“Our community should be aware at all times that no matter what community you’re going to be a part of, no matter what age cohort you’re in, there are always going to be people who absolutely do not have good intentions,” Downey said. “There are people who perceive our community as weak, our community as folks who can be preyed upon, and they will use that to their advantage.”
In addition to these incidents, the NYPD has confirmed that it is investigating similar crimes that have victimized bar patronswho do not identify as LGBTQ or were visiting venues that are not queer-affiliated. Authorities have also not publicly commented on whether the victims were drugged on the evenings they were victimized. However, three victims of such crimes, including one of The Eagle NYC victims, and family members of three other victims, including Ramirez and Umberger, previously told NBC News they strongly suspect druggings occurred before the thefts.
To avoid being drugged or consuming unsafe substances that can lead to illness or incapacitation, experts shared some prevention methods that officials have been advising for decades: Watch your drink being prepared, do not leave your drink unattended and do not accept drinks or drugs from strangers.
Joseph Palamar, an epidemiologist and associate professor of population health at New York University’s Grossman School of Medicine, has spent decades studying drug use in New York City’s nightlife scene. He warned that drinks left unattended can easily be spiked with powdered opioids or gamma-hydroxybutyric acid (GHB), which can be difficult to detect or taste.
Even if equipped with fentanyl test strips, which are small strips of paper that can detect the presence of the deadly opioid in other substances, Palamar acknowledged that most people are probably not testing their drinks or drugs while they’re out partying. He said it would be more advisable to simply refrain from accepting drinks and drugs from strangers.
“It would be a little awkward testing the person’s drugs in front of them, and I think it would ruin the intimacy of the moment,” Palamar said. “I mean picture it: You’re trying to kiss somebody in a stall and, ‘Oh, hold on! Let me test this bump before you give it to me.’ It’ll be insulting, and there goes the hookup.”
Clubgoers and bar patrons who engage in one-on-one activities with strangers are most vulnerable, he added.
“When you’re off dancing with somebody or kissing somebody or you go to the bathroom with someone to do a bump or to have sex or to do whatever, that is when the risk is much higher to be drugged,” Palamar said. “You can do your thing and run around and hook up, but you need a friend around to notice if you begin acting out of the ordinary.”
Palamar also acknowledged that some clubgoers might go out by themselves, sometimes with the intention of meeting strangers to hook up with. In those scenarios, he and other experts advised making friends or family members aware of your whereabouts before going out.
For those going out solo, Darlene Torres, the director of client services at LGBTQ advocacy group NYC Anti-Violence Project, recommended sharing their phone’s location data — a feature available on most smartphones — with friends or family members. She also recommended they set up check-ins throughout the evening with their loved ones and create a plan should their loved ones not hear from them on evenings they’re going out alone.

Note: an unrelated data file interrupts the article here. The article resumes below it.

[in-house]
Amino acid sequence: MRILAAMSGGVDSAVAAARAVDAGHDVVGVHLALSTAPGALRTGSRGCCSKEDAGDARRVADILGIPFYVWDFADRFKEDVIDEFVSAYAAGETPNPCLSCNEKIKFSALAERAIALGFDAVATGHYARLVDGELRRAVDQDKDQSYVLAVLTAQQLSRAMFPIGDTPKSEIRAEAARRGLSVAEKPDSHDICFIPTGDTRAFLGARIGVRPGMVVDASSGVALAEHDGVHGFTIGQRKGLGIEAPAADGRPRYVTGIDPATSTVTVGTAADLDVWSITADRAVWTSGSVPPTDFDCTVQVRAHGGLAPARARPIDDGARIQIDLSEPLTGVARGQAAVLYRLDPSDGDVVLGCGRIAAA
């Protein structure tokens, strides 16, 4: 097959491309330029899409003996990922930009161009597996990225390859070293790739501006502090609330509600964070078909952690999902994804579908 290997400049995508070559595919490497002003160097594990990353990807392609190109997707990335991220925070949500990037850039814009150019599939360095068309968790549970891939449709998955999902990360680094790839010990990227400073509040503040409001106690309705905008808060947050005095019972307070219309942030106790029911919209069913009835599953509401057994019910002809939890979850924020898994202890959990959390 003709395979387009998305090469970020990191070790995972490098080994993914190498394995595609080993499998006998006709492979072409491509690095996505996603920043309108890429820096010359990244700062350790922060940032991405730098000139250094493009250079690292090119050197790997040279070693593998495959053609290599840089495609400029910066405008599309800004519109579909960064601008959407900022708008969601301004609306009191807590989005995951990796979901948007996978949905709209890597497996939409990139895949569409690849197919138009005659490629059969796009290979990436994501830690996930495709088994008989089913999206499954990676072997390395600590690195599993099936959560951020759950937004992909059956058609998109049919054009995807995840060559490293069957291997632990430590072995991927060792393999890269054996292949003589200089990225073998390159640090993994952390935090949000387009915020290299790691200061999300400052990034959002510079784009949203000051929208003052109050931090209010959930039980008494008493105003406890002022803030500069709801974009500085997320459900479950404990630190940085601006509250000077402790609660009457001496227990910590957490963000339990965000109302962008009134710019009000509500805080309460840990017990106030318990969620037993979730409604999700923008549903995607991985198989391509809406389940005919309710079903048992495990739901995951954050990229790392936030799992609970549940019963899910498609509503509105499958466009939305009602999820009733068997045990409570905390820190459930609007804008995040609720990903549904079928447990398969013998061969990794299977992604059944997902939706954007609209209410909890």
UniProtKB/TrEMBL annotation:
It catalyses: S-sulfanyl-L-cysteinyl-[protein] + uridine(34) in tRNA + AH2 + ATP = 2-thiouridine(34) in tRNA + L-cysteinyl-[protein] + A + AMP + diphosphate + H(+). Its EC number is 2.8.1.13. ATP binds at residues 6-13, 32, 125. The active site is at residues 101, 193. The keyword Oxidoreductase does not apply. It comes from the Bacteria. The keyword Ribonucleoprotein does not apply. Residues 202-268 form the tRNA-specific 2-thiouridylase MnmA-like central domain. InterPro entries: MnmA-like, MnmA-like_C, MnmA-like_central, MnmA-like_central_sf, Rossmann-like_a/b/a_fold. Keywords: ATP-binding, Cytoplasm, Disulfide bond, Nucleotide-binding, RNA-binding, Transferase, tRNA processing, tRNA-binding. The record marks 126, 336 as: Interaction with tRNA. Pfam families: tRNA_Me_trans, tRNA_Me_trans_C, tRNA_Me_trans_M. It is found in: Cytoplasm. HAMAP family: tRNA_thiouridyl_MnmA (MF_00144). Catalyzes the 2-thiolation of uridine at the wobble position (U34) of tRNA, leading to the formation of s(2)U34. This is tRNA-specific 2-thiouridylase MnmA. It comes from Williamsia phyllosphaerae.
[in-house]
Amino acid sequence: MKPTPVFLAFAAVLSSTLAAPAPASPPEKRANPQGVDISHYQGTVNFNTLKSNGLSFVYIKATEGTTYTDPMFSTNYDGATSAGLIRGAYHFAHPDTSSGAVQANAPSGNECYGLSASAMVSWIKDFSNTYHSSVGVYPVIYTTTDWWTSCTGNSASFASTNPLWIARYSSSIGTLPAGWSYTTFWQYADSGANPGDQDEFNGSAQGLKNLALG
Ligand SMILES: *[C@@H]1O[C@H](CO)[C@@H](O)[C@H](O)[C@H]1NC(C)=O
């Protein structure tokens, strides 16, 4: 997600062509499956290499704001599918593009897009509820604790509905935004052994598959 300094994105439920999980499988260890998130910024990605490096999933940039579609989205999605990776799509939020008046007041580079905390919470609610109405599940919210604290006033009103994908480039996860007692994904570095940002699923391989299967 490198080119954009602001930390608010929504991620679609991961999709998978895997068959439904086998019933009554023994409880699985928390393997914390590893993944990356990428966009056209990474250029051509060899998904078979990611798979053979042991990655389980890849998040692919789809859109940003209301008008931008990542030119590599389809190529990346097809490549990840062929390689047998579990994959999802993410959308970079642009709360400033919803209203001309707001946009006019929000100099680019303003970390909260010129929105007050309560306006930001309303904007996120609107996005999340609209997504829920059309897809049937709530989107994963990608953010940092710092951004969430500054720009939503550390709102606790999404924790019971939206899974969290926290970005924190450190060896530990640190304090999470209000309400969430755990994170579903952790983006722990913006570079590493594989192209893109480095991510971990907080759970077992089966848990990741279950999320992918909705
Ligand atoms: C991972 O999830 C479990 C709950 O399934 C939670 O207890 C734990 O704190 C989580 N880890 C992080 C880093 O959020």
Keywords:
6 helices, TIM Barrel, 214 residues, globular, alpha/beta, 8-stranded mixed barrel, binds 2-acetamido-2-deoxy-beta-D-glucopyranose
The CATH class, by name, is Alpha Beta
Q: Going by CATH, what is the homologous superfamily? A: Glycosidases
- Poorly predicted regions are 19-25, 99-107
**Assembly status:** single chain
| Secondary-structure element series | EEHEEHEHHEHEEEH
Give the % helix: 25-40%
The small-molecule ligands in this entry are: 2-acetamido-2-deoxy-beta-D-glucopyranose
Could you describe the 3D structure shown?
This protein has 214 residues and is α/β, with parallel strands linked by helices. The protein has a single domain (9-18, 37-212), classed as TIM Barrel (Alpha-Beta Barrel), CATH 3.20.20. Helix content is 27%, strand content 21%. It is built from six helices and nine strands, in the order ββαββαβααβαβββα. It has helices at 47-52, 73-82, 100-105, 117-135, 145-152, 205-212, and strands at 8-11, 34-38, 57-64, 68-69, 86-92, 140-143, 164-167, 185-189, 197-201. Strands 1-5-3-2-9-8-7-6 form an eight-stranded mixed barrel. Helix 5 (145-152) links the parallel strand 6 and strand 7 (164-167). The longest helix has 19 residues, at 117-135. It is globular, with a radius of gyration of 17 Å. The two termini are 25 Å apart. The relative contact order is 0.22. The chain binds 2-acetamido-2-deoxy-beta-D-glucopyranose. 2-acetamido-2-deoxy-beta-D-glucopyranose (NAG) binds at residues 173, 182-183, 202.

“We can’t control people,” Torres said. “We can only really try to give as many tools and safety plans — plan A, plan B, plan C — and to make sure folks have those plans laid out for them before they go out for the night.”
The NYPD has not made any arrests in connection with the incidents at The Eagle NYC or in the cases of Ramirez and Umberger, though the department confirmed all of these incidents are still being investigated. But Downey cautioned that even when those responsible for these victimizations are brought to justice, LGBTQ New Yorkers must continue to be vigilant and practice common nightlife safety measures.
“I would never say, ‘Don’t go out,’ because if we don’t go out, we’re sending a message to people that we’re afraid of them and that we’re not strong enough to come together against these bad actors,” Downey said. “Instead of hiding, what needs to just be increased is our level of situational awareness — and it’s not a time to be complacent.”
Many in the transgender community are mourning the death of British teenager Brianna Ghey, a trans girl who was stabbed to death Sunday.
Ghey, 16, was found dead in a park in Warrington, England — roughly 16 miles west of Manchester, England — with visible stab wounds, British authorities said. Police said they have arrested two teenagers, both 15 years old, on suspicion of the murder.
Ghey’s family released a statement through local authorities, saying Ghey was “a much loved” and “larger than life character who would leave a lasting impression on all that met her.”
“The loss of her young life has left a massive hole in our family, and we know that the teachers and her friends who were involved in her life will feel the same,” Ghey’s family wrote.
According to authorities, at this time there is no evidence to suggest Ghey’s murder was “hate-related.” This did little to quell discontent among trans activists regarding larger transphobic sentiments they say permeate throughout the U.K.
In a tweet that has accrued over 872,000 views as of Monday afternoon, a user slammed trans-exclusionary radical feminists, or TERFs, in the name of Ghey’s death.
The climate in the U.K. has grown increasingly hostile for trans people over the last few years. For example, J.K. Rowling, the author and creator of the Harry Potter saga, has become an outspoken critic of trans rights. In a nearly 4,000-word blog post in 2020, the bestselling author said that allowing trans women to use women’s bathrooms and changing rooms would make cisgender women “less safe” — an anti-trans talking point that has been debunked by research.